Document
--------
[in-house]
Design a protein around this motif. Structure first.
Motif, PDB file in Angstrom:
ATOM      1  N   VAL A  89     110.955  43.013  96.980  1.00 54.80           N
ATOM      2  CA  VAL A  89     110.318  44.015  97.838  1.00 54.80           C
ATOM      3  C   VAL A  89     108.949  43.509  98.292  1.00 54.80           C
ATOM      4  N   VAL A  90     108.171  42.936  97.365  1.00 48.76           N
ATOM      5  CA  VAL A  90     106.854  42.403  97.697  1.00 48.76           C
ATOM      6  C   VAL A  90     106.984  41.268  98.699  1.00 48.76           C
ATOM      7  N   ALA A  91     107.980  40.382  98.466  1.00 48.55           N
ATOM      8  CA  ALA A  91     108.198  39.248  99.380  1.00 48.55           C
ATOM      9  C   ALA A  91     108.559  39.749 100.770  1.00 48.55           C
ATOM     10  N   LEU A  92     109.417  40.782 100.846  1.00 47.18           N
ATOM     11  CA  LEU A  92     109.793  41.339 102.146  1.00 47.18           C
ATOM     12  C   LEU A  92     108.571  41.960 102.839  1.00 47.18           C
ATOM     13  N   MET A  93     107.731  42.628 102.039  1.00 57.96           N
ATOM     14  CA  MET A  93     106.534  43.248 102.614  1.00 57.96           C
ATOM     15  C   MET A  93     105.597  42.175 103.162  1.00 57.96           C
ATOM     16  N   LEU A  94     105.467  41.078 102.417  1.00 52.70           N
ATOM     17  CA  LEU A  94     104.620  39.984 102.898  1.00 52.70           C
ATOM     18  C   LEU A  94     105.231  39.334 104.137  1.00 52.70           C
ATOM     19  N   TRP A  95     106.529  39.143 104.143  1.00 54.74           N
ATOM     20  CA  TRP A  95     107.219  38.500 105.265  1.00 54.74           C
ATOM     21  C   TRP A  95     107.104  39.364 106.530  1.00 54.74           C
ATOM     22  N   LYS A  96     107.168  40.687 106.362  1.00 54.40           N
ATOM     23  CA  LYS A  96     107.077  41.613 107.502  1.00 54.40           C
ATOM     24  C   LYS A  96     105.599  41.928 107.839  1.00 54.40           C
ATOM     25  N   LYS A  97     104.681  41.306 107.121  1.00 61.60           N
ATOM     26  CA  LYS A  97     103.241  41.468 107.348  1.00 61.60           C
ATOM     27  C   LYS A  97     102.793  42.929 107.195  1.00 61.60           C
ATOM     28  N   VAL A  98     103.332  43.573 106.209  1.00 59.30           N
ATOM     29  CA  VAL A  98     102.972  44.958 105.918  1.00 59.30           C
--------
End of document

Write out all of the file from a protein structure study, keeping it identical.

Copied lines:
[in-house]
Design a protein around this motif. Structure first.
Motif, PDB file in Angstrom:
ATOM      1  N   VAL A  89     110.955  43.013  96.980  1.00 54.80           N
ATOM      2  CA  VAL A  89     110.318  44.015  97.838  1.00 54.80           C
ATOM      3  C   VAL A  89     108.949  43.509  98.292  1.00 54.80           C
ATOM      4  N   VAL A  90     108.171  42.936  97.365  1.00 48.76           N
ATOM      5  CA  VAL A  90     106.854  42.403  97.697  1.00 48.76           C
ATOM      6  C   VAL A  90     106.984  41.268  98.699  1.00 48.76           C
ATOM      7  N   ALA A  91     107.980  40.382  98.466  1.00 48.55           N
ATOM      8  CA  ALA A  91     108.198  39.248  99.380  1.00 48.55           C
ATOM      9  C   ALA A  91     108.559  39.749 100.770  1.00 48.55           C
ATOM     10  N   LEU A  92     109.417  40.782 100.846  1.00 47.18           N
ATOM     11  CA  LEU A  92     109.793  41.339 102.146  1.00 47.18           C
ATOM     12  C   LEU A  92     108.571  41.960 102.839  1.00 47.18           C
ATOM     13  N   MET A  93     107.731  42.628 102.039  1.00 57.96           N
ATOM     14  CA  MET A  93     106.534  43.248 102.614  1.00 57.96           C
ATOM     15  C   MET A  93     105.597  42.175 103.162  1.00 57.96           C
ATOM     16  N   LEU A  94     105.467  41.078 102.417  1.00 52.70           N
ATOM     17  CA  LEU A  94     104.620  39.984 102.898  1.00 52.70           C
ATOM     18  C   LEU A  94     105.231  39.334 104.137  1.00 52.70           C
ATOM     19  N   TRP A  95     106.529  39.143 104.143  1.00 54.74           N
ATOM     20  CA  TRP A  95     107.219  38.500 105.265  1.00 54.74           C
ATOM     21  C   TRP A  95     107.104  39.364 106.530  1.00 54.74           C
ATOM     22  N   LYS A  96     107.168  40.687 106.362  1.00 54.40           N
ATOM     23  CA  LYS A  96     107.077  41.613 107.502  1.00 54.40           C
ATOM     24  C   LYS A  96     105.599  41.928 107.839  1.00 54.40           C
ATOM     25  N   LYS A  97     104.681  41.306 107.121  1.00 61.60           N
ATOM     26  CA  LYS A  97     103.241  41.468 107.348  1.00 61.60           C
ATOM     27  C   LYS A  97     102.793  42.929 107.195  1.00 61.60           C
ATOM     28  N   VAL A  98     103.332  43.573 106.209  1.00 59.30           N
ATOM     29  CA  VAL A  98     102.972  44.958 105.918  1.00 59.30           C